I think I mentioned we had a buddy visiting, and she gave me a great back rub. She also slept in my bed, and that was a major pain. I had to sleep on the FLOOR!!!! Granted, my buddies put down a dog bed and blankets and covered my head, but, still and all, the FLOOR. I couldn't believe it.
They're also talking weird. I don't usually listen, but I was struck when they let George out of the bathroom--he says he was NOT drinking out of the toilet, but just checking it out, when he accidentally hit the door with his tail. The buddies were both gone, so he was stuck in there a few hours. Being more than a little stressed, he scratched up the door and ate some of the wall. So, the first thing alpha buddy says when he finds George is, "Oh, great, one more thing to fix before putting the house on the market." Huh?
No walk this morning--alpha buddy left super early, and beta buddy took puppy buddy to the busstop. I can't say as I was hugely dissapointed; it was rainy and icky this morning, and I'm not wild about the rain. So, lots of blogging today, and maybe some computer games. George modified some car chase game so that the goal is to run over squirrels--two tails up.
What to Eat
Maggie is apparently confused by books. No, Maggie, don't eat books. They don't taste all that great, and some of them are pretty good to read. Just don't be fooled by the titles. Chester always complained about certain titles that, he thought, were false advertising, such as: Zen Flesh, Zen Bones; Leaves of Grass; Rule of the Bone; Bone People. While I will grant the principle that books often have misleading titles, I have to say that Zen Flesh, Zen Bones is actually pretty good. It isn't what you think it's about, but it is good.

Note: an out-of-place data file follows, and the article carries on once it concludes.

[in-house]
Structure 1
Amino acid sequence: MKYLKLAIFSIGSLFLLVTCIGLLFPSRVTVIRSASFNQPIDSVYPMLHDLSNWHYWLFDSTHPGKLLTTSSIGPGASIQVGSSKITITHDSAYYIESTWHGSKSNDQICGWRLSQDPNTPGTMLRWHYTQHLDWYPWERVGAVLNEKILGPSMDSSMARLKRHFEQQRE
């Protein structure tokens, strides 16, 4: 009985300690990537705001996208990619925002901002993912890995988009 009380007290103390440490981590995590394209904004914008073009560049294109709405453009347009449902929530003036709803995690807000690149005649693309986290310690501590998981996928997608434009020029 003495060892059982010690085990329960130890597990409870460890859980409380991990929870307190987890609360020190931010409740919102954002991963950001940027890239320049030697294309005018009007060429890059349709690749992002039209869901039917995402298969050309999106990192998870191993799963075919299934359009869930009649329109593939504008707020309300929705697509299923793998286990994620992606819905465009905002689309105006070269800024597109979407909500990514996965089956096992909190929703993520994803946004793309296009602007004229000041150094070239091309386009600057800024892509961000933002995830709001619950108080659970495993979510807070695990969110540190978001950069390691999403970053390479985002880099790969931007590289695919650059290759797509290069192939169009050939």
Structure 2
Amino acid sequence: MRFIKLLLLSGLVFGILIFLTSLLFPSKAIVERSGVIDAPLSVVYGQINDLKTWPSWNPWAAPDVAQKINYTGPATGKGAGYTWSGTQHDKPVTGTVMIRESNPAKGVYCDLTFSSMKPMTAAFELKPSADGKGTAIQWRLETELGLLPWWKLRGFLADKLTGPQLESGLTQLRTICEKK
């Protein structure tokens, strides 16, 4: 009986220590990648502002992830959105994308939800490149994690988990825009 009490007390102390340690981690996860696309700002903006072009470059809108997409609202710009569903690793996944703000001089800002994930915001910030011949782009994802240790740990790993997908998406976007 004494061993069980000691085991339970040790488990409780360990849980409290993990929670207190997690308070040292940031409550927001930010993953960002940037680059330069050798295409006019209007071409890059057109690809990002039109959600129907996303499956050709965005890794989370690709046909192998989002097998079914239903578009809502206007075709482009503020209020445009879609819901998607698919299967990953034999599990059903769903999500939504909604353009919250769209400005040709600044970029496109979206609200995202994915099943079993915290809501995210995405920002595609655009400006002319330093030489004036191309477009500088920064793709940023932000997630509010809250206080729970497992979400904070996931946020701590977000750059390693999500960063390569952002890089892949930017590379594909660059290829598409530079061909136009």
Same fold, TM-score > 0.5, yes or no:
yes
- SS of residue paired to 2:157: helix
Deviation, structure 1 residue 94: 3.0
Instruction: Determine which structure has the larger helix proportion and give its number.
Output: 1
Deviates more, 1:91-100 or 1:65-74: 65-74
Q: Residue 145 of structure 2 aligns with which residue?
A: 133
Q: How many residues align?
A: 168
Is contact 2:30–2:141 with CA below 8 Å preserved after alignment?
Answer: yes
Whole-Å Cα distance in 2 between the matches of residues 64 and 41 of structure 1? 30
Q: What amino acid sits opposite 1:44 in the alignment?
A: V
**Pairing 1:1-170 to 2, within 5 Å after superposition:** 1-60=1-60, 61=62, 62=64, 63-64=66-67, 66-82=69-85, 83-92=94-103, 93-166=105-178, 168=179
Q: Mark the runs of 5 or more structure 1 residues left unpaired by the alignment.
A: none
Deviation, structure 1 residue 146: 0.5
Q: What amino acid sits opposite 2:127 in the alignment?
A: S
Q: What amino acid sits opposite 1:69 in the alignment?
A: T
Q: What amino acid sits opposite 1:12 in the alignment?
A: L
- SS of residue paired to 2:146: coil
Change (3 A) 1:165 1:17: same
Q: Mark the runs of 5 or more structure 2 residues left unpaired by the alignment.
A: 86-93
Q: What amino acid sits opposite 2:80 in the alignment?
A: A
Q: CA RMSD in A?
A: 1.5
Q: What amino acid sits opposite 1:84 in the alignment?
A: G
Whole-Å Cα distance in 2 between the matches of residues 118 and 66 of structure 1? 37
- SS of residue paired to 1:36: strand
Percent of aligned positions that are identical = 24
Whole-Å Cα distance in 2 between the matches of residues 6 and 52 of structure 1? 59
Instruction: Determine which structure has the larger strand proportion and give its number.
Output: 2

Anyway, reading can be fun. Granted, sometimes you have to eat books, like when the buddies almost catch you reading. But, otherwise, just eat the doggie obedience books, or other things that might get you grief.
Meanwhile, another eating mystery. We've had another buddy visiting this week. I was a little freaked out, as she looks a lot like my acupuncturist, and I thought she was going to start poking me. Turned out okay, though, as she instead gave me several excellent back massages. Anyway, she bought a bunch of chocolate. I'm not a huge fan of chocolate (bad gas), but George is. So, George snuck into her room and ate all her chocolate. The buddies freak out, call the vet, AND GIVE MARQUIS THE STUFF THAT MAKES DOGS THROW UP.